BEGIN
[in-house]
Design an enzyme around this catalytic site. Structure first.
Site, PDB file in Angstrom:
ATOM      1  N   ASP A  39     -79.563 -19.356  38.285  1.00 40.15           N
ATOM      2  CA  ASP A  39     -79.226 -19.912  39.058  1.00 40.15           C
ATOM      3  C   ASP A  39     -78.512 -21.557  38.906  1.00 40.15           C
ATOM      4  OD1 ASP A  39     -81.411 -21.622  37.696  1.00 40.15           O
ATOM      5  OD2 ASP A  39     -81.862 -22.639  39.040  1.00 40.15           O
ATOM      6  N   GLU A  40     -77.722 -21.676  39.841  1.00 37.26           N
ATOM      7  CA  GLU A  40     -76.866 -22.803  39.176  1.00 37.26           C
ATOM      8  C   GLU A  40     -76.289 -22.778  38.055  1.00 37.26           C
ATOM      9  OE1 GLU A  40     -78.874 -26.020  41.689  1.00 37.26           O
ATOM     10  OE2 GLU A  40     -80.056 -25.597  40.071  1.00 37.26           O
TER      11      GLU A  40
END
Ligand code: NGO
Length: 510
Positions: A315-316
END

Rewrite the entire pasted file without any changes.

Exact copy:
[in-house]
Design an enzyme around this catalytic site. Structure first.
Site, PDB file in Angstrom:
ATOM      1  N   ASP A  39     -79.563 -19.356  38.285  1.00 40.15           N
ATOM      2  CA  ASP A  39     -79.226 -19.912  39.058  1.00 40.15           C
ATOM      3  C   ASP A  39     -78.512 -21.557  38.906  1.00 40.15           C
ATOM      4  OD1 ASP A  39     -81.411 -21.622  37.696  1.00 40.15           O
ATOM      5  OD2 ASP A  39     -81.862 -22.639  39.040  1.00 40.15           O
ATOM      6  N   GLU A  40     -77.722 -21.676  39.841  1.00 37.26           N
ATOM      7  CA  GLU A  40     -76.866 -22.803  39.176  1.00 37.26           C
ATOM      8  C   GLU A  40     -76.289 -22.778  38.055  1.00 37.26           C
ATOM      9  OE1 GLU A  40     -78.874 -26.020  41.689  1.00 37.26           O
ATOM     10  OE2 GLU A  40     -80.056 -25.597  40.071  1.00 37.26           O
TER      11      GLU A  40
END
Ligand code: NGO
Length: 510
Positions: A315-316